Like most delis, this place had a glass display case with all the good stuff behind it. They patronize a certain maker of meats and had a sticker on the glass for that company. (No, not there yet.)

As I glanced at the sticker, I noticed something I had not seen before, though I’m sure it was there. Beside the sticker for the company….those horrible symbols that seem to be more and more ubiquitous these days.

The blue Facebook F. The blue Twitter T.

I half expect to see someone’s face break out in those symbols one of these days.

The omnipresence of these symbols leads me to ask certain questions.

First: What exactly does a maker of deli meats have to “twitter” about anyway?

Out of morbid curiosity I decided to check, and here’s what I found “tweeted” over the past 48 hours:

1) Links to their main websites’ recipe of the day.
2) A link to their Facebook careers page.
3) Several messages of thanks to subscribers, including to one who had “tweeted” earlier, “I used your ad to show how mainstream the gluten free movement has become.”

Wow. A veritable feast for the senses.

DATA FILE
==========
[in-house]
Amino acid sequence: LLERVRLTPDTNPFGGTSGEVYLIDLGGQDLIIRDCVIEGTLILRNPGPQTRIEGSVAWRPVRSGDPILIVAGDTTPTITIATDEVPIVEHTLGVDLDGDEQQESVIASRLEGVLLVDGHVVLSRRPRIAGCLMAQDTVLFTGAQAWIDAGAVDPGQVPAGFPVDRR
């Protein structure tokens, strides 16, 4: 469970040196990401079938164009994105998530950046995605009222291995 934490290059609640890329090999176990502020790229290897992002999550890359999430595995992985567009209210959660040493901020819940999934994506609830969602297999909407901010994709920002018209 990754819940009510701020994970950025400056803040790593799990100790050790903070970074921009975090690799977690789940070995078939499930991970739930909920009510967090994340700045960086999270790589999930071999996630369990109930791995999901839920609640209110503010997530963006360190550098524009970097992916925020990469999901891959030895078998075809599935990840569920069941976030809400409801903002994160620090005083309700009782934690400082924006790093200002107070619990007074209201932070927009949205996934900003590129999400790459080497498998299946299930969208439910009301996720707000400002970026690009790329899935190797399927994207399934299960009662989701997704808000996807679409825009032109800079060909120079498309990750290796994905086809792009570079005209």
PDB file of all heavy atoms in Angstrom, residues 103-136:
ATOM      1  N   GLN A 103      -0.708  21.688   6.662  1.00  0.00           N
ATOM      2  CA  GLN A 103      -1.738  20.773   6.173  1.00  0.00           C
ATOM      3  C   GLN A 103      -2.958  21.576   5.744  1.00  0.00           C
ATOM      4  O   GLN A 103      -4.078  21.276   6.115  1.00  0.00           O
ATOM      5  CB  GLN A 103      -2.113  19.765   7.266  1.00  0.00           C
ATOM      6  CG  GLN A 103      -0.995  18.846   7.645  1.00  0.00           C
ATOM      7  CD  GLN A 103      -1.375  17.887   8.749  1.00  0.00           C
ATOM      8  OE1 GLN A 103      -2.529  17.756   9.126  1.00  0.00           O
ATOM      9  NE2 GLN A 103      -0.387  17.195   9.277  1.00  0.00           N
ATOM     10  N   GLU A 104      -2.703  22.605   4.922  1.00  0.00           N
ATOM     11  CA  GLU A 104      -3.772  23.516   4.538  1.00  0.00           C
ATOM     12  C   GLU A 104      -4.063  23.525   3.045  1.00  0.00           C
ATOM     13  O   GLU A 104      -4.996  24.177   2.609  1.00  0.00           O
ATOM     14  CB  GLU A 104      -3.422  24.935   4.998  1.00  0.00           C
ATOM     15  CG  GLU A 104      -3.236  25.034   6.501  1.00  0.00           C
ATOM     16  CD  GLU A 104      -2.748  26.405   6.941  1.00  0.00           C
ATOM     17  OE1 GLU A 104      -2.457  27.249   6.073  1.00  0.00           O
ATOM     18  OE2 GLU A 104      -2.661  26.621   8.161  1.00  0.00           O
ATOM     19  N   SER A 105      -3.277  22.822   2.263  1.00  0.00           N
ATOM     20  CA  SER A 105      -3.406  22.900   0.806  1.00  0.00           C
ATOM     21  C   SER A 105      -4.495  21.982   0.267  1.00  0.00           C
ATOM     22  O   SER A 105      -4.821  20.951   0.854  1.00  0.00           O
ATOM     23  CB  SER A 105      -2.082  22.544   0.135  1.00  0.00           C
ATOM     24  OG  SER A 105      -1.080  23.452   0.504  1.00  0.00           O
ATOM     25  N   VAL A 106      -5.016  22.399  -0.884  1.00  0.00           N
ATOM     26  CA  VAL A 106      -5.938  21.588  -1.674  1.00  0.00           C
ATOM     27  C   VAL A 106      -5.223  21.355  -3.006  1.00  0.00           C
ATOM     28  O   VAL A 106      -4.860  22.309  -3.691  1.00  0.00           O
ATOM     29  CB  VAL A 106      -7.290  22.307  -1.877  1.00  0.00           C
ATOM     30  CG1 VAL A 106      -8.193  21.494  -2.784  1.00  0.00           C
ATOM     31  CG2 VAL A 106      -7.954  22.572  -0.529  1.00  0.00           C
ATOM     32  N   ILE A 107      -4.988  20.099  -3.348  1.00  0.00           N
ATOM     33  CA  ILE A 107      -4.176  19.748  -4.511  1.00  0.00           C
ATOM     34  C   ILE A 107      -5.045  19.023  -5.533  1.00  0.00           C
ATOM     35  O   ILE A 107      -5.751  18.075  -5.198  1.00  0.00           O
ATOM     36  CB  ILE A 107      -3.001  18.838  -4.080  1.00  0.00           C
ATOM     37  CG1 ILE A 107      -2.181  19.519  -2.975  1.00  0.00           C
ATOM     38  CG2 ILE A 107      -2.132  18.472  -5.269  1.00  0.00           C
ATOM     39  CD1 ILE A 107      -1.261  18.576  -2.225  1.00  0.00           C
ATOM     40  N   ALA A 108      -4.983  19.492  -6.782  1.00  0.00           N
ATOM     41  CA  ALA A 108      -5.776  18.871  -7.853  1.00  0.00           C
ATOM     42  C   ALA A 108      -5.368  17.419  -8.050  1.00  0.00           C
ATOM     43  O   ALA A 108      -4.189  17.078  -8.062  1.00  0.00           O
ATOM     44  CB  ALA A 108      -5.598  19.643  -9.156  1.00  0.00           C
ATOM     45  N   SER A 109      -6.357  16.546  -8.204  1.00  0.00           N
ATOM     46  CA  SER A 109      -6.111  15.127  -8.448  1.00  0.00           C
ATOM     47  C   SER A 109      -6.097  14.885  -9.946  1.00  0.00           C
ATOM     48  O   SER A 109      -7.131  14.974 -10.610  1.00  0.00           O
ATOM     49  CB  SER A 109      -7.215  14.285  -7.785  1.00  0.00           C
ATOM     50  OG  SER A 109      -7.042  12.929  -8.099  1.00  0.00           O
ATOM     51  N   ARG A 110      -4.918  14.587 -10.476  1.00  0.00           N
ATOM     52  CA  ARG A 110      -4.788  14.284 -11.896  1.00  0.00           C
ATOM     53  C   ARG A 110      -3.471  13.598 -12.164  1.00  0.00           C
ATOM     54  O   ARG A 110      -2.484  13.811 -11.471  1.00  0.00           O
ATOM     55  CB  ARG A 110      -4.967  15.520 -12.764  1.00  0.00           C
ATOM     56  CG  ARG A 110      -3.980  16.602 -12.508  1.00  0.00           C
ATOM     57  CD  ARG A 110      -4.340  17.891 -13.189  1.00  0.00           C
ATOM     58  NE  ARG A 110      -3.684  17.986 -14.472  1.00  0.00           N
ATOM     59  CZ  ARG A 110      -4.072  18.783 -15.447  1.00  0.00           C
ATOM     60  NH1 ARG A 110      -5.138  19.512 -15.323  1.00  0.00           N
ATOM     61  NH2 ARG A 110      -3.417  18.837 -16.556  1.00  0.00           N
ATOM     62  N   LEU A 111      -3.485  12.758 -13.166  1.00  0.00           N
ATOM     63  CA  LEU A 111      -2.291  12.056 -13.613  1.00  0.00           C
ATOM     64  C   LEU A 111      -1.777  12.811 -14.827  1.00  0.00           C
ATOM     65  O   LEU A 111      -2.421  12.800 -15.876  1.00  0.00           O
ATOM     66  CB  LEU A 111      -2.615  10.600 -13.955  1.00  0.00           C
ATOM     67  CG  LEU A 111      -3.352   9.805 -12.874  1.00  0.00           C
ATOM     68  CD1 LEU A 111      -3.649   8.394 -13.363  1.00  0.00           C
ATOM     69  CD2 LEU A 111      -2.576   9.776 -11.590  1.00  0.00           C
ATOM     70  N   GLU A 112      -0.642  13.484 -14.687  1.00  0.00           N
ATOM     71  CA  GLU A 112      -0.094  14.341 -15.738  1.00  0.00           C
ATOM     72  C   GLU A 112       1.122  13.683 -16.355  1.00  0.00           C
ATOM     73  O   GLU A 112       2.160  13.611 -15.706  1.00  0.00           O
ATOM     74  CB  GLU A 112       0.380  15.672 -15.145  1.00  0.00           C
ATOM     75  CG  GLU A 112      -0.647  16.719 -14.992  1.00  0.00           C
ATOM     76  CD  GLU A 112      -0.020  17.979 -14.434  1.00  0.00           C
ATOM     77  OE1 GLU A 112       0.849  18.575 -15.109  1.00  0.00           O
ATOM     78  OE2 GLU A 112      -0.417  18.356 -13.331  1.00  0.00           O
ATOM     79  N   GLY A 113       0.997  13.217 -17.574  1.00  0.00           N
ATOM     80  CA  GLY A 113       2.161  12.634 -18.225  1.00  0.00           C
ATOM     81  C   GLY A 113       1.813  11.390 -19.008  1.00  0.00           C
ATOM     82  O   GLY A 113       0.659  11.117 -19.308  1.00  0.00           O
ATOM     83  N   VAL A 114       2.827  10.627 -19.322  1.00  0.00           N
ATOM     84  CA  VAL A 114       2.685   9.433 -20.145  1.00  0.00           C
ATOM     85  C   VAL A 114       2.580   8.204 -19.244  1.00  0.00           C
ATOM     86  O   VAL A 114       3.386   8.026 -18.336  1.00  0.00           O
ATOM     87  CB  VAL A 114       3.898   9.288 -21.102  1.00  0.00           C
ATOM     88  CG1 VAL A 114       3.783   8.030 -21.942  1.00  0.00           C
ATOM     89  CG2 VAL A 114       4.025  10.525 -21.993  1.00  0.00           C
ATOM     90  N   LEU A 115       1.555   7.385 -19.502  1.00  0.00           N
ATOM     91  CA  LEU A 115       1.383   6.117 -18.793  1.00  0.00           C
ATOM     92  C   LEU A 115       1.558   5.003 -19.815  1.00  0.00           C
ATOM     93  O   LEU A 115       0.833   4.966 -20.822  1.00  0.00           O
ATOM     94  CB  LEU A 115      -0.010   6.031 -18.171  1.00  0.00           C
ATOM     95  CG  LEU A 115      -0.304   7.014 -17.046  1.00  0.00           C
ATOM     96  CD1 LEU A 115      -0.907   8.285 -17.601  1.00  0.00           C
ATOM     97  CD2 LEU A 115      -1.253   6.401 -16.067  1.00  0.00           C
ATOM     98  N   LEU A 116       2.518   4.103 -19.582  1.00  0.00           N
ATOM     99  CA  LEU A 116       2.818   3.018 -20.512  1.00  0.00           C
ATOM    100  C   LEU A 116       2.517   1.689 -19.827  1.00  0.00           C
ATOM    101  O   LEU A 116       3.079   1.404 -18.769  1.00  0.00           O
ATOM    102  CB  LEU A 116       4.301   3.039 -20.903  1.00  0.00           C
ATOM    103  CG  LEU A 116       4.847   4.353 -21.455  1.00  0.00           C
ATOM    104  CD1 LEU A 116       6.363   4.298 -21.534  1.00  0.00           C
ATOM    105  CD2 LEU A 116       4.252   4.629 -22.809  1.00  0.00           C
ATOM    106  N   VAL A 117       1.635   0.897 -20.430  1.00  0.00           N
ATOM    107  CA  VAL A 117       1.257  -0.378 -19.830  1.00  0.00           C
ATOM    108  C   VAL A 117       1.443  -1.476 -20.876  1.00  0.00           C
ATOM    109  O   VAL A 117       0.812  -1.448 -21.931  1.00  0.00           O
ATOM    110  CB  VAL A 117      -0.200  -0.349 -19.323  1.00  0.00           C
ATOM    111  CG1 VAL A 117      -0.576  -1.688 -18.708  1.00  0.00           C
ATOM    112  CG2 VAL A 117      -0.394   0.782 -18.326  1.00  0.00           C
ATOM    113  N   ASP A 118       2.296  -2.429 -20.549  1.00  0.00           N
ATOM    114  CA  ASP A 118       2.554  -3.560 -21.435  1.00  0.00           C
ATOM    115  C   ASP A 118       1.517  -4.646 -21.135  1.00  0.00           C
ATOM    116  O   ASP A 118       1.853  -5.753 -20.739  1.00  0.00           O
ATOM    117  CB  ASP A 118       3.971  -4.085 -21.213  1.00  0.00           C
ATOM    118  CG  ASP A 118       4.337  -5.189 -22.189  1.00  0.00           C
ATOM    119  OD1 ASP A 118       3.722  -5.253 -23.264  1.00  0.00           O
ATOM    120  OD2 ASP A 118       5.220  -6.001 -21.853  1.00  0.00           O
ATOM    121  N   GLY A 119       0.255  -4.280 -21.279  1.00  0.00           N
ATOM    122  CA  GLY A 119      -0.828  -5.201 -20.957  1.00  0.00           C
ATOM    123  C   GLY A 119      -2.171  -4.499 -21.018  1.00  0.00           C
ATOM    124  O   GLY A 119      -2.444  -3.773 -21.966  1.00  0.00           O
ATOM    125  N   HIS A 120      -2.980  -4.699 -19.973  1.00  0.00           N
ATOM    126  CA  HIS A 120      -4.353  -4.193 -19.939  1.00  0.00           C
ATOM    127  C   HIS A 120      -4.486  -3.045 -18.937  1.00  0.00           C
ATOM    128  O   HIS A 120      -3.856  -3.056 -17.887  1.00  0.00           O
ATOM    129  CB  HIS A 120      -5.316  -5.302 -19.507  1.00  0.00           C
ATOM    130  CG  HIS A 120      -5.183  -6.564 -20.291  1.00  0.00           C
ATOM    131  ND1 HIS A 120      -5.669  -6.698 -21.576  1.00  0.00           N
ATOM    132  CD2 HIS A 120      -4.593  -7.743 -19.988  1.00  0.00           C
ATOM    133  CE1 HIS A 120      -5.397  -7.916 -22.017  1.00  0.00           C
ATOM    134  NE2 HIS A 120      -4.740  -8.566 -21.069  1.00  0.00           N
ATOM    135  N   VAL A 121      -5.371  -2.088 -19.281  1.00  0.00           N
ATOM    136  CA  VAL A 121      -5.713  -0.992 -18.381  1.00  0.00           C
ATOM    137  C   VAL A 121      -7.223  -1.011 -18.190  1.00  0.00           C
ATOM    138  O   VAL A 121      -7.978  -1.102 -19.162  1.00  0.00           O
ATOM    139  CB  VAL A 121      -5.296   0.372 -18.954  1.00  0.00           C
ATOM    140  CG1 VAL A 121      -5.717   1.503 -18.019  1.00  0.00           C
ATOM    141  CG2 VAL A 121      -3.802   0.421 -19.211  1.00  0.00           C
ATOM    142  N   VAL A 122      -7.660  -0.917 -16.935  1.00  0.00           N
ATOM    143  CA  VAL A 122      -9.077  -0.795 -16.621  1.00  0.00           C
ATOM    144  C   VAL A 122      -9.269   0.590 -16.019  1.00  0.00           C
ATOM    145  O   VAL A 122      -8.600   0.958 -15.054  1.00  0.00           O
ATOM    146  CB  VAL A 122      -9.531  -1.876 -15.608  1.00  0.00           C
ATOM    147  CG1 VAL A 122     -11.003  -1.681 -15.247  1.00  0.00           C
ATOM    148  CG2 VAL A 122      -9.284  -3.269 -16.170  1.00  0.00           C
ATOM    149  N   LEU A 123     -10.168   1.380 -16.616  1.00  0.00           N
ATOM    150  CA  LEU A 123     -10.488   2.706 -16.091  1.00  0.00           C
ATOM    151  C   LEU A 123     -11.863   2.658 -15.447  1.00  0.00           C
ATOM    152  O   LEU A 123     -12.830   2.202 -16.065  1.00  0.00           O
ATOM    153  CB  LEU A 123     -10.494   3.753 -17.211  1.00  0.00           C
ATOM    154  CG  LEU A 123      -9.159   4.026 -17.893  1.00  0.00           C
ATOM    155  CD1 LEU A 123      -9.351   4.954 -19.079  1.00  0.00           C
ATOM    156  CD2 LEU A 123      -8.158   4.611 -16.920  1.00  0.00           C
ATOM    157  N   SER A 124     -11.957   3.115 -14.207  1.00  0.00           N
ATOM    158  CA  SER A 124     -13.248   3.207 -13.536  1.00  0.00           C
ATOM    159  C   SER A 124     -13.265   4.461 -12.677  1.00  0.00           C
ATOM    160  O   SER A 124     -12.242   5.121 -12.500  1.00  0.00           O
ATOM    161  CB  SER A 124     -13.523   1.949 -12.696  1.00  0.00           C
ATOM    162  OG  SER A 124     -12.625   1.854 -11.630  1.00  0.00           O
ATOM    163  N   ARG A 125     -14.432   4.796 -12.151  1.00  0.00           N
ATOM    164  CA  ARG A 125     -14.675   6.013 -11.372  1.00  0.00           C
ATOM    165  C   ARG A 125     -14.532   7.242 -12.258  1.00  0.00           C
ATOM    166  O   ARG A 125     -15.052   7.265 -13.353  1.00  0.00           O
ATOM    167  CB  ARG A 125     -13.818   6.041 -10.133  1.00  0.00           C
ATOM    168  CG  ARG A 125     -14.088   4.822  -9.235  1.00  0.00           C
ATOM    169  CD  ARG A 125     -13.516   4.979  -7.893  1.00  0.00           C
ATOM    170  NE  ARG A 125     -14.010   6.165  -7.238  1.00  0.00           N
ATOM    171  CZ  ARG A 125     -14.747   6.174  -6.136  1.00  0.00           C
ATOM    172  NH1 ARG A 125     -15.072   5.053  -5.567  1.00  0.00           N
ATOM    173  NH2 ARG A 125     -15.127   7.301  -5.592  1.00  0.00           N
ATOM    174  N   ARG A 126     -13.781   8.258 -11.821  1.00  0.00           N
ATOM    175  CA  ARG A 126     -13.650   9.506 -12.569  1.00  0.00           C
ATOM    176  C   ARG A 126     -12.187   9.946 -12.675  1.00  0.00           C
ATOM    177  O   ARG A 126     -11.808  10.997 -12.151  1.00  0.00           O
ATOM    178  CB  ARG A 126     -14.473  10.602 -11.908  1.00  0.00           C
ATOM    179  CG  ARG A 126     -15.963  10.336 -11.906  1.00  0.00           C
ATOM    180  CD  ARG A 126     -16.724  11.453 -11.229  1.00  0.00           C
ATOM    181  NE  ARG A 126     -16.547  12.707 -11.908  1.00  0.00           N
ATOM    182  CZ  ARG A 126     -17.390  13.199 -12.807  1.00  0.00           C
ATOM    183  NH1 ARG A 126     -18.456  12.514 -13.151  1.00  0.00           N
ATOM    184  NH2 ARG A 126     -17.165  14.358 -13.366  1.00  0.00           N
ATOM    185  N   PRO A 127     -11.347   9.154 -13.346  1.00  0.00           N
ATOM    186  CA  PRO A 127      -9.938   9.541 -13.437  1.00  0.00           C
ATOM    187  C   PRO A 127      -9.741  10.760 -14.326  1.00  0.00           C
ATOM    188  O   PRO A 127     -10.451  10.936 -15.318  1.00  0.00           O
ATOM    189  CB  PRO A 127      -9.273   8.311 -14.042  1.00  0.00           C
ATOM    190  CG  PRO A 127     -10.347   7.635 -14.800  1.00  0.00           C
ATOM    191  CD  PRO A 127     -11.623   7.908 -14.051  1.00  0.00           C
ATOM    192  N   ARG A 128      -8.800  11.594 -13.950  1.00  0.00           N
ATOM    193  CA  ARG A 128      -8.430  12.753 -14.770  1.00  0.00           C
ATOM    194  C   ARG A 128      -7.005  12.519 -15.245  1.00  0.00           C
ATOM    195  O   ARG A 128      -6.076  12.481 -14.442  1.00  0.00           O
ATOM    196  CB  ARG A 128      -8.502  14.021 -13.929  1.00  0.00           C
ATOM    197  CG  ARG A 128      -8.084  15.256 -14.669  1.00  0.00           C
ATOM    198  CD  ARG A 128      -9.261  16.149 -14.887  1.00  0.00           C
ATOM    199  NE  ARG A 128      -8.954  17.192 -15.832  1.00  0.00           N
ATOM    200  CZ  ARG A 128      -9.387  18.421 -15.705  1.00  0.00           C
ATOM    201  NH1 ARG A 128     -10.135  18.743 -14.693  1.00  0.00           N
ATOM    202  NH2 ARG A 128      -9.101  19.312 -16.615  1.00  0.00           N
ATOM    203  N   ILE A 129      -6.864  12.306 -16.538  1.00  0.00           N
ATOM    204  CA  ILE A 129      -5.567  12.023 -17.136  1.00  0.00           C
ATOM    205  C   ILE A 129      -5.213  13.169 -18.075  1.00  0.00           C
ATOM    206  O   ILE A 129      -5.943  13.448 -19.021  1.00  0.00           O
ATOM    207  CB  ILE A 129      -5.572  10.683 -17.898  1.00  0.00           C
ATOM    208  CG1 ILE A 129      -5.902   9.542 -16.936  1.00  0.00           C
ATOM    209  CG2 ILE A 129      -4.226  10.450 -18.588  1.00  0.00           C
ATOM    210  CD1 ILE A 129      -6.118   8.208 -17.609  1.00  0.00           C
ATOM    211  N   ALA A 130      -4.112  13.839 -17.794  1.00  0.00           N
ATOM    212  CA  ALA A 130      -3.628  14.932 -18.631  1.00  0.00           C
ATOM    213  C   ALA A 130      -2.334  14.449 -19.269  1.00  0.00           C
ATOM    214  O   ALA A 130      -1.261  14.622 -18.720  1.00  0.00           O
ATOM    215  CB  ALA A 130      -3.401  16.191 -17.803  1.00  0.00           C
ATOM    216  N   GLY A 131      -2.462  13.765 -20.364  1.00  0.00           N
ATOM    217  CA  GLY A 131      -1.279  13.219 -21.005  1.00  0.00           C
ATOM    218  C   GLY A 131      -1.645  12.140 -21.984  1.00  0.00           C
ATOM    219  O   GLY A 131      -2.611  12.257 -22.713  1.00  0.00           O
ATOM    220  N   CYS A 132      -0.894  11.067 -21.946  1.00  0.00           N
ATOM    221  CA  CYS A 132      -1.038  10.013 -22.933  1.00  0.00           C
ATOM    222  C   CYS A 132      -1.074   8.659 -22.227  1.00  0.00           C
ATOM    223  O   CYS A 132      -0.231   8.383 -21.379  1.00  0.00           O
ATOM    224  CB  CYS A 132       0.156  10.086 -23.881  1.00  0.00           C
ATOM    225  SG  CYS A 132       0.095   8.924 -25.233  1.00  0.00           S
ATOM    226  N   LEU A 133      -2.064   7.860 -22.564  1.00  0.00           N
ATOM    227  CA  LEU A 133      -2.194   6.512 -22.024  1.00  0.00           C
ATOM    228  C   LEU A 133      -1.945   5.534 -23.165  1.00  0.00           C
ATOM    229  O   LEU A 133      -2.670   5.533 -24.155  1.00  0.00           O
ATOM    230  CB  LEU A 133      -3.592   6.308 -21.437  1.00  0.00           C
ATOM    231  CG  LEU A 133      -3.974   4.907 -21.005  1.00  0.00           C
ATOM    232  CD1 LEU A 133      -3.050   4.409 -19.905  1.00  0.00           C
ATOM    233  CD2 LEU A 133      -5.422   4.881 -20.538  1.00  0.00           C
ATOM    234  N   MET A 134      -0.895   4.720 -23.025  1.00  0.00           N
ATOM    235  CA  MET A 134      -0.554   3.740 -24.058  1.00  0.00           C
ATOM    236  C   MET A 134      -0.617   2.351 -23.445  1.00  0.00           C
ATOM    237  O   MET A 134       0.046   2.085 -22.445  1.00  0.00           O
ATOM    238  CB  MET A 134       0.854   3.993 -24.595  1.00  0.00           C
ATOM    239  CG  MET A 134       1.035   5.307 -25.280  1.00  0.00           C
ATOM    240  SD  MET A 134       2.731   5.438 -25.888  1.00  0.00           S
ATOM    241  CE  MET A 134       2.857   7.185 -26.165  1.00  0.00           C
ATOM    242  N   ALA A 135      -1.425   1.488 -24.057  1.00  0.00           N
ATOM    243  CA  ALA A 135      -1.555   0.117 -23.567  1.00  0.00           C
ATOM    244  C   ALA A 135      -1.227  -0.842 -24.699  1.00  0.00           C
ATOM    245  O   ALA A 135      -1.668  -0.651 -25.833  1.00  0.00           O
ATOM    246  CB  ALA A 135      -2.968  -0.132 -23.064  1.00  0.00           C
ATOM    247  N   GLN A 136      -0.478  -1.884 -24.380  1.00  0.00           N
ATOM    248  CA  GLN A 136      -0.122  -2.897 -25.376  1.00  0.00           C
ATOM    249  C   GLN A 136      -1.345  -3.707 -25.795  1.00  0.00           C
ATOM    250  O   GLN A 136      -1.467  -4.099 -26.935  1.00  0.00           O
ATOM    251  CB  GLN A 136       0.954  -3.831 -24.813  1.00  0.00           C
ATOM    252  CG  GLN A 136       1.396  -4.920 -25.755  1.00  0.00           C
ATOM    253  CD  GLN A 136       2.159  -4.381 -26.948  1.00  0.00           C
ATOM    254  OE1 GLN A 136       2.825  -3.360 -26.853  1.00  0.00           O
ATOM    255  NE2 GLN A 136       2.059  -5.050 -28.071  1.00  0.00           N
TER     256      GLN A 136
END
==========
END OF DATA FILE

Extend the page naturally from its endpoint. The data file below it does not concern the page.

This leads to my second question. Whose life is so devoid of content and meaning that they would subscribe to Twitter to get the latest “tweets” from a deli meat company? Are people out there that bored? Is there any chance they might find something more meaningful to do than read this crap?

Can you imagine how many other meaningless tweets they get all day?

Are they driving or operating heavy machinery when they read this stuff?

Yes, I really don’t understand this whole interconnectedness craze. As a hardcore introvert with an active mind, I don’t think I ever will.

Just one last question, in close.

Given the fascination for crap like this, is it any wonder we can’t get people to listen to or read sustained arguments in apologetics?

Tuesday, November 30, 2010

Maybe He Should Pray for a Better Theological Education

Someone at TWeb nominated a story here for a Screwball Award, which deserves notice here on the Forge as well...

Buffalo Bills wide receiver Stevie Johnson blamed God for dropping a game-winning touchdown in a 19-16 overtime loss to the Pittsburgh Steelers on Sunday.
Johnson was reluctant to accept responsibility for the gaffe, posting on his Twitter account post-game that it was in fact God's fault.
"I PRAISE YOU 24/7!!!!!! AND THIS HOW YOU DO ME!!!!! YOU EXPECT ME TO LEARN FROM THIS??? HOW???!!! ILL NEVER FORGET THIS!! EVER!!! THX THO...," Johnson tweeted.